The Interface Segregation Principle
The Single Responsibility Principle is about actors and high level architecture. The Open/Closed Principle is about class design and feature extensions. The Liskov Substitution Principle is about subtyping and inheritance. The Interface Segregation Principle (ISP) is about business logic to clients communication.
In all modular applications there must be some kind of interface that the client can rely on. These may be actual Interface typed entities or other classic objects implementing design patterns like Facades. It doesn’t matter which solution is used. It always has the same scope: to communicate to the client code on how to use the module. These interfaces can reside between different modules in the same application or project, or between one project as a third party library serving another project. Again, it doesn’t matter. Communication is communication and clients are clients, regardless of the actual individuals writing the code.
So, how should we define these interfaces? We could think about our module and expose all the functionalities we want it to offer.
This looks like a good start, a great way to define what we want to implement in our module. Or is it? A start like this will lead to one of two possible implementations:
- A huge
Busclass implementing all the methods on the
Vehicleinterface. Only the sheer dimensions of such classes should tell us to avoid them at all costs.
- Or, many small classes like
RadioCDwhich are all implementing the whole interface but actually providing something useful only for the parts they implement.
It is obvious that neither solution is acceptable to implement our business logic.
We could take another approach. Break the interface into pieces, specialized to each implementation. This would help to use small classes that care about their own interface. The objects implementing the interfaces will be used by the different type of vehicles, like car in the image above. The car will use the implementations but will depend on the interfaces. So a schema like the one below may be even more expressive.
But this fundamentally changes our perception of the architecture. The
Car becomes the client instead of the implementation. We still want to provide to our clients ways to use our whole module, that being a type of vehicle.
Assume we solved the implementation problem and we have a stable business logic. The easiest thing to do is to provide a single interface with all the implementations and let the clients, in our case
Driver and so on, to use whatever thew want from the interface’s implementation. Basically, this shifts the behavior selection responsibility to the clients. You can find this kind of solution in many older applications.
The interface-segregation principle (ISP) states that no client should be forced to depend on methods it does not use.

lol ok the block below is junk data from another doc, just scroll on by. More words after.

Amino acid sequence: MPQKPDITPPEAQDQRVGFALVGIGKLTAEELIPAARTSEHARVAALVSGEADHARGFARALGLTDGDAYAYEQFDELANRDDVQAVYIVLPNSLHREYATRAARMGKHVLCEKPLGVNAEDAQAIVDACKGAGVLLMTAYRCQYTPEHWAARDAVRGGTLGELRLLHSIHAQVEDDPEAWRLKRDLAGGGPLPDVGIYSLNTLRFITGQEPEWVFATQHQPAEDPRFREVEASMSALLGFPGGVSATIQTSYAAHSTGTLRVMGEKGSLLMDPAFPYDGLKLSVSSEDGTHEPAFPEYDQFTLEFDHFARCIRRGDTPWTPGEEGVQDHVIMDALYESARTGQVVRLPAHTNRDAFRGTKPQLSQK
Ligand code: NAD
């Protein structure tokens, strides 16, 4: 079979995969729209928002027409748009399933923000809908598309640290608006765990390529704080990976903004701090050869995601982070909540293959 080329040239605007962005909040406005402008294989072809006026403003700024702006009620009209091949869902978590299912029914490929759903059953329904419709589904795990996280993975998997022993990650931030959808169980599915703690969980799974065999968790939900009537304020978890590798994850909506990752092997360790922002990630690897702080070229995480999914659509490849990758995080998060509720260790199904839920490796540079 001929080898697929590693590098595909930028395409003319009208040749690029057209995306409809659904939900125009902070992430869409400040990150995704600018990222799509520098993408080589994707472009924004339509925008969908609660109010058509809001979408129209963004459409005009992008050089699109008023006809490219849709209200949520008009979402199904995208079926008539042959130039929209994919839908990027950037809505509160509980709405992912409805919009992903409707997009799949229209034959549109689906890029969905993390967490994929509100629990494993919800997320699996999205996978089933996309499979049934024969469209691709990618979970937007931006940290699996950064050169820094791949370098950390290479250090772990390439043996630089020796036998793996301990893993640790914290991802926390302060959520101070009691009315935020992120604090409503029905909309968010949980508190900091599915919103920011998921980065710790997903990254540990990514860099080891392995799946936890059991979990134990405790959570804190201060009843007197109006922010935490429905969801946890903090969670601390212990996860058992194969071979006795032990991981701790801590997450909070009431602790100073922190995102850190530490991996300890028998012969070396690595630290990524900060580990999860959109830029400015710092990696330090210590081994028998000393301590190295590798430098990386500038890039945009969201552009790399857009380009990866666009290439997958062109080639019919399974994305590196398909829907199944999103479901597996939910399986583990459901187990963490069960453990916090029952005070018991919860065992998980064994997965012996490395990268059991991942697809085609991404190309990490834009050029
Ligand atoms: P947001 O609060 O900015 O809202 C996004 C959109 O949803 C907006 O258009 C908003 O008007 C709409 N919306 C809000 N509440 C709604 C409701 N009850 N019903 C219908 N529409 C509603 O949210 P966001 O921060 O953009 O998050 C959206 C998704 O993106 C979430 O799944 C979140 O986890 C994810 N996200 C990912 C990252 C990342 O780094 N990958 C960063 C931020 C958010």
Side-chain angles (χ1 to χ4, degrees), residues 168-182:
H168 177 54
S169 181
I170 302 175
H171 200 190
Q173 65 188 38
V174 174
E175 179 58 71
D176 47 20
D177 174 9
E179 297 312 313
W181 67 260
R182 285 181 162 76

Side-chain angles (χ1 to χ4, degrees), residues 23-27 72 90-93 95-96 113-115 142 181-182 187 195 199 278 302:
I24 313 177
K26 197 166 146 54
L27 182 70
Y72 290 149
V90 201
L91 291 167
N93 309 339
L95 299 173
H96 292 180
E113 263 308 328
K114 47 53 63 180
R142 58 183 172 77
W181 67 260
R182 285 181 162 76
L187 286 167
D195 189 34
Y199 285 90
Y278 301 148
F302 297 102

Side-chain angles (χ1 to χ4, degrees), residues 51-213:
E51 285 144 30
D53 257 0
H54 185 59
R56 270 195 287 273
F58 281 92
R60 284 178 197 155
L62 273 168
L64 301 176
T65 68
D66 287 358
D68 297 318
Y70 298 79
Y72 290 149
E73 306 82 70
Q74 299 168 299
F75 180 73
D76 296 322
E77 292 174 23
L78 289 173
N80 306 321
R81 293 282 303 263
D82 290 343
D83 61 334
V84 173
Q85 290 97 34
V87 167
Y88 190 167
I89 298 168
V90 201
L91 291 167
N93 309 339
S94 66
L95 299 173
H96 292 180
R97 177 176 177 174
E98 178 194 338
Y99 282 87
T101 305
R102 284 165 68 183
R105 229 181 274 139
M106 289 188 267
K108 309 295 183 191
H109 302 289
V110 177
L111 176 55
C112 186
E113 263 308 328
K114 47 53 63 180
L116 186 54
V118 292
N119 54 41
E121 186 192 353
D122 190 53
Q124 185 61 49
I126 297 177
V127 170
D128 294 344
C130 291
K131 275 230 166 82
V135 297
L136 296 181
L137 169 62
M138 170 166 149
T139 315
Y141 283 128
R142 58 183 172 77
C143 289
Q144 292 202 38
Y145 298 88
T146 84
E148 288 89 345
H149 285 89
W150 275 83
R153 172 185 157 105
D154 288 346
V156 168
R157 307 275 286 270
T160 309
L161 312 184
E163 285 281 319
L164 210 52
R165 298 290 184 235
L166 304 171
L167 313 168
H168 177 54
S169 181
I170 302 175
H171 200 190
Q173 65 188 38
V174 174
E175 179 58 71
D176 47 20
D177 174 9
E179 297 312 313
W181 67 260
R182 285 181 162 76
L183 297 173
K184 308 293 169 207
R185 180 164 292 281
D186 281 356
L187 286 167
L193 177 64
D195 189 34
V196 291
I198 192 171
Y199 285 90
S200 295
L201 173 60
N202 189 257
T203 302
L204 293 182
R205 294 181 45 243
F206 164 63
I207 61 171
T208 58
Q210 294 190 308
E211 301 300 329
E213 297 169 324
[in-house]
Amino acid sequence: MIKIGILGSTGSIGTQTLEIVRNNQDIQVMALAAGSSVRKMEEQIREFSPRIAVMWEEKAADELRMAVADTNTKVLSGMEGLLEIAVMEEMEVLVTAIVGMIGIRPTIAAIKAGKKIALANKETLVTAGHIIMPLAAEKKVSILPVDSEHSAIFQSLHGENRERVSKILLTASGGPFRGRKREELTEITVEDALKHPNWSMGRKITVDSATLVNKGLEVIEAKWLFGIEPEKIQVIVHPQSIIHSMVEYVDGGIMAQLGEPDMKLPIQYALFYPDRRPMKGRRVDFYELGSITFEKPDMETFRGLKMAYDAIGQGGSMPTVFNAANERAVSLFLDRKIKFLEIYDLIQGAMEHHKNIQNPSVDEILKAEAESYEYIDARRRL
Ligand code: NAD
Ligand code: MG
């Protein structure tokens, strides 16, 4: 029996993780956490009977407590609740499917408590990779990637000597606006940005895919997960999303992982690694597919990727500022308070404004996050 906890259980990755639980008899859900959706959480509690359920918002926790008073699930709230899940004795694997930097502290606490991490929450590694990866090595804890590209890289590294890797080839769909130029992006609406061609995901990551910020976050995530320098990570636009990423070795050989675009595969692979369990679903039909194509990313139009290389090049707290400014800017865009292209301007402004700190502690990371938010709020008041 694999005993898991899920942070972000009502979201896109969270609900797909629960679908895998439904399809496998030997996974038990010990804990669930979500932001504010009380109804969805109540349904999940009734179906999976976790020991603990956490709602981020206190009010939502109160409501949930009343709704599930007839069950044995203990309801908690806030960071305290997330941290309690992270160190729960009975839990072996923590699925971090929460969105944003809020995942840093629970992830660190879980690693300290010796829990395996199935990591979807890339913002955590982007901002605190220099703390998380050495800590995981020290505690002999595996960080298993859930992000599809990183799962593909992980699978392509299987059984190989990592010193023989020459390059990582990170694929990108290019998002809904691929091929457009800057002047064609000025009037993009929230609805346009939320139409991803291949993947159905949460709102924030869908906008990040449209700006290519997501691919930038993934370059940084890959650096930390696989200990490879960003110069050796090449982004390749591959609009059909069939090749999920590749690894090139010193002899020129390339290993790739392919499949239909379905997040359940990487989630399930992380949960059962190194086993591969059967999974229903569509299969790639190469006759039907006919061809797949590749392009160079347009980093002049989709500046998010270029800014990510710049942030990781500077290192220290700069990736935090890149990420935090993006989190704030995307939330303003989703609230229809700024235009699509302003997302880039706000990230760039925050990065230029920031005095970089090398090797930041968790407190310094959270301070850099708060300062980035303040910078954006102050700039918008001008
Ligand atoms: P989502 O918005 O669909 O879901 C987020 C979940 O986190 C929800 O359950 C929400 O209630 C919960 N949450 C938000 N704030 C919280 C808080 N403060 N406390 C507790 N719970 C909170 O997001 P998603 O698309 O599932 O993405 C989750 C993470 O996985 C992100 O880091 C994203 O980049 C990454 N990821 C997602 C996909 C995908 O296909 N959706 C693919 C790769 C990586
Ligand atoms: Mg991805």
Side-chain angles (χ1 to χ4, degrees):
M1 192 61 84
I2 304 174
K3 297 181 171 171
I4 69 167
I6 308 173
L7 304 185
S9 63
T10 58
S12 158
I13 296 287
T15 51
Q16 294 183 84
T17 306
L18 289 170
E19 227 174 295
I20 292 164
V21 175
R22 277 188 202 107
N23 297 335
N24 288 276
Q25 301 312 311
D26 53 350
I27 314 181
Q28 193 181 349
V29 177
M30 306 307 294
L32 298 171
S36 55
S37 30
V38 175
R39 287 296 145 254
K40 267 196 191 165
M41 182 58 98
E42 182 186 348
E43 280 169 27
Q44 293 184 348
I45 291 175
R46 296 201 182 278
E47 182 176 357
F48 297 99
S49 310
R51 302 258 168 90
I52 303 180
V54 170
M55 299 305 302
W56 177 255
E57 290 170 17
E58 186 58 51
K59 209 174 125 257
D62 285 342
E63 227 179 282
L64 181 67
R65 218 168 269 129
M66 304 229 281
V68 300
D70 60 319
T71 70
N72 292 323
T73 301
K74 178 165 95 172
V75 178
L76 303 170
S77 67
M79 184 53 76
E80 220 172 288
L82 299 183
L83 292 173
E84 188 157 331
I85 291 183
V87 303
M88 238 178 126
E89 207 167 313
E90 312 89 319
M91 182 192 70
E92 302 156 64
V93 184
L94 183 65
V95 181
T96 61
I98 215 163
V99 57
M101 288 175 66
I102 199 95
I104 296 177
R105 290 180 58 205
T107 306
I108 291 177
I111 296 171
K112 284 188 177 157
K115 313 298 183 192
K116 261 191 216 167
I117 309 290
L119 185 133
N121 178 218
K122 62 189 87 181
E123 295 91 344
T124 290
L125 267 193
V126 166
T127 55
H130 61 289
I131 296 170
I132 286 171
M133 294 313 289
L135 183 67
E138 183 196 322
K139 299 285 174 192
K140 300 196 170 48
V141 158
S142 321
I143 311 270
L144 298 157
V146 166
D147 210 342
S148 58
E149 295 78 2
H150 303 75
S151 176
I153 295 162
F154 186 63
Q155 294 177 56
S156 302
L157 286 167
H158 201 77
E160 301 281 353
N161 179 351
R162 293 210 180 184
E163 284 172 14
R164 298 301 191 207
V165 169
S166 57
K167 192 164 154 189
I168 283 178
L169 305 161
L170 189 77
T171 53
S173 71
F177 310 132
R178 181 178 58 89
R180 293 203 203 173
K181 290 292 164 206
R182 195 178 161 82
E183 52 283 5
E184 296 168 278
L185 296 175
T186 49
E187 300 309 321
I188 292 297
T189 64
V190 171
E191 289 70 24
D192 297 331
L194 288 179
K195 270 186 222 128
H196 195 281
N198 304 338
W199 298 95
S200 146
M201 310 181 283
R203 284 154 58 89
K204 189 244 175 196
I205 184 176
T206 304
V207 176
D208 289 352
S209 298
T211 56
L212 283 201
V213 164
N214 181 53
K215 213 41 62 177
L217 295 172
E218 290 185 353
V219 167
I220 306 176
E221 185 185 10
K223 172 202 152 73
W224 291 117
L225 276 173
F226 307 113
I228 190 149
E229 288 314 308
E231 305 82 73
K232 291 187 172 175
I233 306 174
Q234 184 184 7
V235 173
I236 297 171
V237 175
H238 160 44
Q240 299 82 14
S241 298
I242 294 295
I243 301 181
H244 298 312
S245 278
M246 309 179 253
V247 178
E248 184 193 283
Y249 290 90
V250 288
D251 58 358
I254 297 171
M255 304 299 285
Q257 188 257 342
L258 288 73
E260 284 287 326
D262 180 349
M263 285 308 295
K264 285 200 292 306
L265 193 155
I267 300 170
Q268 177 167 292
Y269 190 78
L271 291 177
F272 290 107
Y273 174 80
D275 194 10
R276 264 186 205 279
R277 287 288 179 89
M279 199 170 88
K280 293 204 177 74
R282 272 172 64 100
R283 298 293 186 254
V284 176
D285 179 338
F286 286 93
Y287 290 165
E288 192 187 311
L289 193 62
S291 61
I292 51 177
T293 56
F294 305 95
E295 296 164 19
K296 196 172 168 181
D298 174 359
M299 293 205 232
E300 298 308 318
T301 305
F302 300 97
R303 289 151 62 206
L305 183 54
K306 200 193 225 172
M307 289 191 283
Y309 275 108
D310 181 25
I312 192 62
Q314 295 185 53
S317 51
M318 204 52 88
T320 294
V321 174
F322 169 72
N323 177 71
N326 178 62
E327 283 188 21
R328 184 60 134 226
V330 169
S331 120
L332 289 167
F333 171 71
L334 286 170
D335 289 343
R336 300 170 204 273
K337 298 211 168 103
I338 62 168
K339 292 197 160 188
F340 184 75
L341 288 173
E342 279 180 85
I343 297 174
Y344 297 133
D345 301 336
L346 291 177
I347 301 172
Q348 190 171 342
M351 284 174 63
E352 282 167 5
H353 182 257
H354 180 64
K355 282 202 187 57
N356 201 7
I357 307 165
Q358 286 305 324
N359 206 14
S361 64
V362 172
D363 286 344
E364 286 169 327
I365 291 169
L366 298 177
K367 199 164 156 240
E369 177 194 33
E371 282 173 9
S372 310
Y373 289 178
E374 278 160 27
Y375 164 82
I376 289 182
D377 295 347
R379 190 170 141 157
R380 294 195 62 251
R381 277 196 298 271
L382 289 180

However, this solution has its problems. Now all the clients depend on all the methods. Why should a
BusStation depend on the state of lights of the bus, or on the radio channels selected by the driver? It should not. But what if it does? Does it matter? Well, if we think about the Single Responsibility Principle, it is a sister concept to this one. If
BusStation depends on many individual implementations, not even used by it, it may require changes if any of the individual small implementations change. This is especially true for compiled languages, but we can still see the effect of the
LightControl change impacting
BusStation. These things should never happen.
Interfaces belong to their clients and not to the implementations. Thus, we should always design them in a way to best suite our clients. Some times we can, some times we can not exactly know our clients. But when we can, we should break our interfaces in many smaller ones, so they better satisfy the exact needs of our clients.
Of course, this will lead to some degree of duplication. But remember! Interfaces are just plain function name definitions. There is no implementation of any kind of logic in them. So the duplications is small and manageable.
Then, we have the great advantage of clients depending only and only on what they actually need and use. In some cases, clients may use and need several interfaces, that is OK, as long as they use all the methods from all the interfaces they depend on.
Another nice trick is that in our business logic, a single class can implement several interfaces if needed. So we can provide a single implementation for all the common methods between the interfaces. The segregated interfaces will also force us to think of our code more from the client’s point of view, which will in turn lead to loose coupling and easy testing. So, not only have we made our code better to our clients, we also made it easier for ourselves to understand, test and implement.
ISP teaches us to respect our clients more than we thought necessary. Respecting their needs will make our code better and our lives as programmers easier.